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For Immediate Release
May 12, 2015

MVC Young Alumnus: Steven John Casarez
Class of 1999
Registered Nurse at Riverside County Regional Medical Center and adjunct professor at the Ben Clark Training Center

 

 

Sept. 7, 1994, was meant to be a day to remember for Steven Casarez.

Fortunately, he can't remember a thing.

Undecided about his future after graduating from Centennial High School in Corona, Casarez sought his calling down Interstate 10. He and a buddy thought hooking up with friends for a long weekend at Arizona State University would be the inspiration they needed to start college. Casarez never made it to ASU.

"I was in the passenger seat when my friend fell asleep at the wheel," Casarez said. "We drifted across the median and hit a semitrailer head on."

Student

Casarez regained full consciousness 10 days later in a Phoenix hospital. After fixing a blown-out orbit bone, fractured skull and broken nose, the doctors had put him into a medically induced coma. Casarez woke up to find 10 inches of stitches and staples in his head, as well as plates and pins. In all, he spent two weeks in the intensive care unit.

"I honestly don't know why I was going to ASU," Casarez said. "We had some friends who were attending the university, and other friends who were going to attend a vocal school in Arizona. We wanted to pair up, be together. I thought my life's answers laid in Arizona." In a strange way, they did.

A group of medical professionals-nurses, firefighters and emergency medical technicians-carpooling back from a weekend river trip was traveling behind the vehicle when the accident occurred. Within seconds, Casarez was being attended to on the pavement of I-10. Minutes later, a Mercy medevac helicopter was in flight – all before the Highway Patrol had reached the scene. Casarez never met the men and women who saved him on that stretch of interstate 30 miles from the California border, but they changed his life.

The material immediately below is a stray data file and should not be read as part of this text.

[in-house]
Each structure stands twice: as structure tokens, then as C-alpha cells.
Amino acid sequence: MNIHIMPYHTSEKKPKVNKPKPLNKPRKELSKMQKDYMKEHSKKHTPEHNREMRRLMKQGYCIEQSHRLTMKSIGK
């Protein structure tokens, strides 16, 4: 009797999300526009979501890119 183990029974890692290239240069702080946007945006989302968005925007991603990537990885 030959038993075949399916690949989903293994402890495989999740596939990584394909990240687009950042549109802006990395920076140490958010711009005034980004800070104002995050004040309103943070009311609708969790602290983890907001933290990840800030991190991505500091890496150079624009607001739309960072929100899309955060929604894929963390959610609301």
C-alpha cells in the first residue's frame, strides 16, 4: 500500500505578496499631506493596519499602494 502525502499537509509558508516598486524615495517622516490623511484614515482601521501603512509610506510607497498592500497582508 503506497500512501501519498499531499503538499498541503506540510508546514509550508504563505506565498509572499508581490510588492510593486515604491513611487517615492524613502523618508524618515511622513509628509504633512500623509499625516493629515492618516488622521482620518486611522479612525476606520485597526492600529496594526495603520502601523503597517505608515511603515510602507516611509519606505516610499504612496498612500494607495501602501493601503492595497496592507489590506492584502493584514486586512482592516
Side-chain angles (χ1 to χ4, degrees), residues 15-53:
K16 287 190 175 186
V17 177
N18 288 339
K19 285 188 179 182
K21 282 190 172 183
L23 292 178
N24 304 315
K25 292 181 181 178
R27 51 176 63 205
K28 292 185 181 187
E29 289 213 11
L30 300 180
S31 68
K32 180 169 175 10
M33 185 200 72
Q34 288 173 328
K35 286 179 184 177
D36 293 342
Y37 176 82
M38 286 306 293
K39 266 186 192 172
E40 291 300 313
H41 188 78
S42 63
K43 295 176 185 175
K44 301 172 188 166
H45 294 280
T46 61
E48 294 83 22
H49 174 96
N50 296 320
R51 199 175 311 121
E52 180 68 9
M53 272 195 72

"The accident was a turning event in my life," Casarez said. "Ultimately, it was the impact of them being there that drew me to this profession. I remember waking up in the hospital and, after hearing of their assistance, I decided I wanted to give back."

Returning home, Casarez enrolled first at Norco College but eventually transferred to Moreno Valley College to enroll in CPR and EMT classes.

"The first day I walked into the class, I knew this is where I wanted to be, where I needed to be, and that this was the career path for me," Casarez said.

"I realized that, as a civilian, when you see an ambulance, a fire truck or a police car, you don't understand the amount of education riding in those vehicles," he said. "It stimulated me because I realized there is this whole other world out there that I knew nothing about. And, it was that community that saved my life."

After graduating from MVC, Casarez earned his nursing degree at Riverside City College. Today he works at the Riverside County Regional Medical Center's Level II trauma center. He also teaches at the Ben Clark Public Safety Training Center, helping prepare hundreds of students each year to work in public safety fields and works for American Medical Response as a nurse handling critical care transfers.

Teaching allows Casarez to reach a larger audience and make a difference in students' lives.

"The number one thing I tell them is to stay out of trouble," Casarez said. "After that, it is really just about setting a goal. Becoming an EMT is a stepping stone. There are so many avenues you can travel after completing the EMT program. The opportunities are endless.

"I think this profession motivates individuals to not stand still but to keep looking for opportunities and knowledge, things that inspire and challenge you. The worse thing you can do in this field is to accept limitations and stop challenging yourself."

Casarez looks back at the whole experience as an amazing journey. The scars from 20 years ago are faded, but his spirit and commitment grow stronger each day. He went from being lost to finding his way.

"Giving back to the citizens has been my biggest joy," Casarez said. "I'm proud of being able to give top-notch medical care to the community, regardless of socio-economic status and ethnicity. The hospital is as proud of it as I am. We are here to serve and heal. And, I try to take that to the streets when I'm out in the community. It motivates me every day to provide the best health care I can."


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